// 1. Block SIGINT
sigset_t old_mask, to_block;
sigemptyset(&to_block);
sigaddset(&to_block, SIGINT);
sigprocmask(SIG_BLOCK, &to_block, &old_mask);

// 2. Close the file and reset fd
fclose(fd);
fd = NULL;

// 3. Restore signal handling
sigprocmask(SIG_SETMASK, &old_mask, NULL);

And in your clean-up routine you should just check fd:

if (fd != NULL) fclose(fd);

If your program is multithreaded, you should use pthread_sigmask instead.

In your case, simple call of fcloseall() in the cleanup routine would be much easier.

As for the second option meant in your question, about doing nothing - well, the OS will clean-up everything for your program. Then only drawback is that if there were opened write streams, some data may be not written to disk. But maybe in case of Ctrl+C it's just ok.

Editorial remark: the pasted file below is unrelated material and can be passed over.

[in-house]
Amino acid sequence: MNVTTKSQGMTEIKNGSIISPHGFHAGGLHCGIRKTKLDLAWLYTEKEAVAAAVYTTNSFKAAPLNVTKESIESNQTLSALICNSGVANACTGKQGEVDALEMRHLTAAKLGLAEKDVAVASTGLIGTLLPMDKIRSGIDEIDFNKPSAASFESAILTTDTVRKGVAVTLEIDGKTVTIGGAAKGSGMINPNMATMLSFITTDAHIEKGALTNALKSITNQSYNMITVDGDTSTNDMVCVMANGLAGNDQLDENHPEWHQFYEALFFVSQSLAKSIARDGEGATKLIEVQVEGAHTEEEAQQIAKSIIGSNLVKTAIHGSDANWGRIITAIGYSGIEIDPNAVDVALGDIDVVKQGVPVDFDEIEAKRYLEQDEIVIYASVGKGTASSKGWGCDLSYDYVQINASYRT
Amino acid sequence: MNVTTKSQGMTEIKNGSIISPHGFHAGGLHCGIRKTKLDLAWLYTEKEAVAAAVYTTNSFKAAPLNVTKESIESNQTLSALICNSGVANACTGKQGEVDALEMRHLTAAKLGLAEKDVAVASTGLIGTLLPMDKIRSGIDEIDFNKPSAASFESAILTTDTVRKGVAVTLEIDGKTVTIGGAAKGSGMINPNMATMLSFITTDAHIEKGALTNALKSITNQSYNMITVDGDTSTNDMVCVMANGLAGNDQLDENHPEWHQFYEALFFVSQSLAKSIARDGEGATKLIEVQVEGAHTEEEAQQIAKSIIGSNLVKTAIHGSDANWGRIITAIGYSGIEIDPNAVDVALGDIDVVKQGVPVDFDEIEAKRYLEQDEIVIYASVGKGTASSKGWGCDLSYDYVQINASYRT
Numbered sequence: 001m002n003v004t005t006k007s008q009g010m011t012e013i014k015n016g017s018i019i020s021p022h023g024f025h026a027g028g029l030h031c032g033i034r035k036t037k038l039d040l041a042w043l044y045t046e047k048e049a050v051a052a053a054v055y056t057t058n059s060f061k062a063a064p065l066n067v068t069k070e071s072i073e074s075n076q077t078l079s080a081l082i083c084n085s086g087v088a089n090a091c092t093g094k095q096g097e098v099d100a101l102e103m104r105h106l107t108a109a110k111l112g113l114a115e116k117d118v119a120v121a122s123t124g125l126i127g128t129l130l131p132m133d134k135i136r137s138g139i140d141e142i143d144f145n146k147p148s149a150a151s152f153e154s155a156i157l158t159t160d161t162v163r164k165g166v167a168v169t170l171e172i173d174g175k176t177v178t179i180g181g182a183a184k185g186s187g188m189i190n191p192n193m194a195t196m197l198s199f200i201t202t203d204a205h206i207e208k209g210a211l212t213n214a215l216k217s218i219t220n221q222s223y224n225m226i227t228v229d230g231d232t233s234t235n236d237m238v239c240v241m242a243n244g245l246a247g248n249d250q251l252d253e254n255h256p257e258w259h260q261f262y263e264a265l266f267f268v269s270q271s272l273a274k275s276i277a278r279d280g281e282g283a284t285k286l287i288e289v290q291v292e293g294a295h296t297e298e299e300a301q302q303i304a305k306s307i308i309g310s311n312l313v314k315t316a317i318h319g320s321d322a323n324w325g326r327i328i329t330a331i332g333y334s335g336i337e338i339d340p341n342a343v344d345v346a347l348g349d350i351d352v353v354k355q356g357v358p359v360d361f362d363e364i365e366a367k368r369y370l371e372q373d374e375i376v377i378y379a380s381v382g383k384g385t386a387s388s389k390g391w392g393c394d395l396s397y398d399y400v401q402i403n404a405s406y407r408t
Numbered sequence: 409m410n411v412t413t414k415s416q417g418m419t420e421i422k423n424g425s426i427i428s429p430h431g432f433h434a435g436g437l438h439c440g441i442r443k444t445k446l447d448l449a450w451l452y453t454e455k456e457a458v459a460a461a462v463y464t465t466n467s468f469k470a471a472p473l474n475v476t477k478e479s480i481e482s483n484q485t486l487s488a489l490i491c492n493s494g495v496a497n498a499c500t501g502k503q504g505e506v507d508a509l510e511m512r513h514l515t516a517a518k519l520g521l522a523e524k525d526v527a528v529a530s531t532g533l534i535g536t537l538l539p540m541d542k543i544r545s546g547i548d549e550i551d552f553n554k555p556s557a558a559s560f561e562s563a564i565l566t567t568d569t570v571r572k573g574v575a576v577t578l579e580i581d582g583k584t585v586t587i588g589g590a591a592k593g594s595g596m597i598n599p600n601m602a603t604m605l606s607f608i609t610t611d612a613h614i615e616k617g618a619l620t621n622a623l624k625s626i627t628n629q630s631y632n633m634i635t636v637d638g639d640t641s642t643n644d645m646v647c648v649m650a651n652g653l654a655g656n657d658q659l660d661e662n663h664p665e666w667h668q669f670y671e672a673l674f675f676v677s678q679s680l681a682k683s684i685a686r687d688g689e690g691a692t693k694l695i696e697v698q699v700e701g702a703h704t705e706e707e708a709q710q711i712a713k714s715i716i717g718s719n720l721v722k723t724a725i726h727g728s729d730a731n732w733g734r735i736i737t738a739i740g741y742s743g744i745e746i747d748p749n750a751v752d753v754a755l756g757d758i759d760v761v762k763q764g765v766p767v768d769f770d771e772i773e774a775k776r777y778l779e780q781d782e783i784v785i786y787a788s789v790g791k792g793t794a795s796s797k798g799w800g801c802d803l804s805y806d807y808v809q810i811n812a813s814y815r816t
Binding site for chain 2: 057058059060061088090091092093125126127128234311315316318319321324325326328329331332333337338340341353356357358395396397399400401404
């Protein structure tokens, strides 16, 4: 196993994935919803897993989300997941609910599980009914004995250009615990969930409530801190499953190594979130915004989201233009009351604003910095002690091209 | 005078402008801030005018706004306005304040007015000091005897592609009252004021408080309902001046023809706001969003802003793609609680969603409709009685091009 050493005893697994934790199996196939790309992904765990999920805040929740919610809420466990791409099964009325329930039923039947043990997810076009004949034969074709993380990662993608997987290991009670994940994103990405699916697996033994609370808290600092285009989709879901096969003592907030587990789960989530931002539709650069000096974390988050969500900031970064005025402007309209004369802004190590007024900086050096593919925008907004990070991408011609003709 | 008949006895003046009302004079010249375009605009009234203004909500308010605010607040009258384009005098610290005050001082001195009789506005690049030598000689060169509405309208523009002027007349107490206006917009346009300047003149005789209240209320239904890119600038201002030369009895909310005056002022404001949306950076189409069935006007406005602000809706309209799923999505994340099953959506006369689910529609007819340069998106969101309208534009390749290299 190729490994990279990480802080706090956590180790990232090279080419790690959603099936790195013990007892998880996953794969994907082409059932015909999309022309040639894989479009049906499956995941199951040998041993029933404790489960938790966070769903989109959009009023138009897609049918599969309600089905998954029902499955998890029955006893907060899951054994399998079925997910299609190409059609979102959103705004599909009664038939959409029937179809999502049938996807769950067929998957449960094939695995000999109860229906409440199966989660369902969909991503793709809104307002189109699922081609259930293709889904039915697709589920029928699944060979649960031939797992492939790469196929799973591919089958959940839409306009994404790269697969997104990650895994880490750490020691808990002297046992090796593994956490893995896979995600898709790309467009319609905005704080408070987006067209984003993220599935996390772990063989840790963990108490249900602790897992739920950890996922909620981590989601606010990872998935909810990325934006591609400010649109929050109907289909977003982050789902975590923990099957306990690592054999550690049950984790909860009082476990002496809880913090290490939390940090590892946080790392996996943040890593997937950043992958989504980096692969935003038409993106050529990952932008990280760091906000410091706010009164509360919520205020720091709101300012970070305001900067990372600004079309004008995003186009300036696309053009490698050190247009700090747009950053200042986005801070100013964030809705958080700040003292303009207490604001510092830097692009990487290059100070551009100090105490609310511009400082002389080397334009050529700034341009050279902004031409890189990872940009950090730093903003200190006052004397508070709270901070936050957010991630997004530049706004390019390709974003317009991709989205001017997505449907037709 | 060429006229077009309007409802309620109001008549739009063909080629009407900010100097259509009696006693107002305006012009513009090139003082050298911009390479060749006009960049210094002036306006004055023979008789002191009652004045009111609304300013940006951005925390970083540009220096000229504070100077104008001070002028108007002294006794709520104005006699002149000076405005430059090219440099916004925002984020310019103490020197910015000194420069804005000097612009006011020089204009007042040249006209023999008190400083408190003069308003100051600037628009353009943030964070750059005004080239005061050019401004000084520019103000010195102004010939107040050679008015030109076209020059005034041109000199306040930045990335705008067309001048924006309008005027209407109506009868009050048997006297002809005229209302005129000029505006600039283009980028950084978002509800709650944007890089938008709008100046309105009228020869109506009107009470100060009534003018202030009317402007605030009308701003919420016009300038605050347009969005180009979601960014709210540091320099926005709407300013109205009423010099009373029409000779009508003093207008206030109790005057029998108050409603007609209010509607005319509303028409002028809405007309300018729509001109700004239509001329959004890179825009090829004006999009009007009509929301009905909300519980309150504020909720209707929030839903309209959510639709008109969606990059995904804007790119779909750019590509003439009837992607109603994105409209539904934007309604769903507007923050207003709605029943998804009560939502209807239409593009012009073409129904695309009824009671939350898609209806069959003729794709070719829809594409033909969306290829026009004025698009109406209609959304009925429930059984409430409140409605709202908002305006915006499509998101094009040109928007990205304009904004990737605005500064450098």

• Whats is AFAIK btw? – user2045557 Jul 30 '13 at 8:20
  • 4
    As far as I know, AFAIK is an abbreviation for 'As far as I know' :) – Inspired Jul 30 '13 at 8:21
  • 1
    Thanks, I didnt know – user2045557 Jul 30 '13 at 10:05
4

It seams to me that there is a little confusion in your mind.

File handlers, used with fopen, fclose, f... functions are process scope. I.e., they are valid within application (normally).

Two things can happen when you open a file: you succeed or not. If you succeed, you may be using file exclusively or shared with other processes. If you fail, maybe another process is already using file. Search _fsopen.

When process ends, normally or interrupted (as with Ctrl+C), OS releases resources associated with process, sooner or later. This applies to file handlers, memory, ...

Regarding your question, whether your application end normally or with Ctrl+C, unclosed file handlers will be released by OS.

Whenever your application starts, you need to open file handlers you need. OS will not keep them open for you.

2